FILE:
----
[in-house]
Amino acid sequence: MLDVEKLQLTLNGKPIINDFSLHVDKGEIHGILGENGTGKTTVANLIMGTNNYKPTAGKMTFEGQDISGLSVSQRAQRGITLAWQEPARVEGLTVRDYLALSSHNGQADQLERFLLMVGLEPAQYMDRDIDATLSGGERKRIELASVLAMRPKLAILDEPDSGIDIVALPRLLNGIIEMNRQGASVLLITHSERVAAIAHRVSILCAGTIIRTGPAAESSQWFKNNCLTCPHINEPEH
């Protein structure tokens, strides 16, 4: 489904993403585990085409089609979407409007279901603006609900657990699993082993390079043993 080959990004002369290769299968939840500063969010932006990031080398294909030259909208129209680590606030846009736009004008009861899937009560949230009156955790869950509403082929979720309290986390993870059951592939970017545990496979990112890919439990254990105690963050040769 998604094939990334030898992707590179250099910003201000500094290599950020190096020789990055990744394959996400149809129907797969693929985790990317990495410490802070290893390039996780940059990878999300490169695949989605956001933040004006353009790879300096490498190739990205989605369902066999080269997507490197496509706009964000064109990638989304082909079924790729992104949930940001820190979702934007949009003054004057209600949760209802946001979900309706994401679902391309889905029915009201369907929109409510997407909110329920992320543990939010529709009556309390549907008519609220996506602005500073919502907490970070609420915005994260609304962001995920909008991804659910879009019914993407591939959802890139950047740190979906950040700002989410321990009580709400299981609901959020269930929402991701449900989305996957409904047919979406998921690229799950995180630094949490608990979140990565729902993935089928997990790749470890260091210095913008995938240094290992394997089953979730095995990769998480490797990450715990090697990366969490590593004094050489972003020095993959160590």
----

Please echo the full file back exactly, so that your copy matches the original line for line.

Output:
[in-house]
Amino acid sequence: MLDVEKLQLTLNGKPIINDFSLHVDKGEIHGILGENGTGKTTVANLIMGTNNYKPTAGKMTFEGQDISGLSVSQRAQRGITLAWQEPARVEGLTVRDYLALSSHNGQADQLERFLLMVGLEPAQYMDRDIDATLSGGERKRIELASVLAMRPKLAILDEPDSGIDIVALPRLLNGIIEMNRQGASVLLITHSERVAAIAHRVSILCAGTIIRTGPAAESSQWFKNNCLTCPHINEPEH
């Protein structure tokens, strides 16, 4: 489904993403585990085409089609979407409007279901603006609900657990699993082993390079043993 080959990004002369290769299968939840500063969010932006990031080398294909030259909208129209680590606030846009736009004008009861899937009560949230009156955790869950509403082929979720309290986390993870059951592939970017545990496979990112890919439990254990105690963050040769 998604094939990334030898992707590179250099910003201000500094290599950020190096020789990055990744394959996400149809129907797969693929985790990317990495410490802070290893390039996780940059990878999300490169695949989605956001933040004006353009790879300096490498190739990205989605369902066999080269997507490197496509706009964000064109990638989304082909079924790729992104949930940001820190979702934007949009003054004057209600949760209802946001979900309706994401679902391309889905029915009201369907929109409510997407909110329920992320543990939010529709009556309390549907008519609220996506602005500073919502907490970070609420915005994260609304962001995920909008991804659910879009019914993407591939959802890139950047740190979906950040700002989410321990009580709400299981609901959020269930929402991701449900989305996957409904047919979406998921690229799950995180630094949490608990979140990565729902993935089928997990790749470890260091210095913008995938240094290992394997089953979730095995990769998480490797990450715990090697990366969490590593004094050489972003020095993959160590």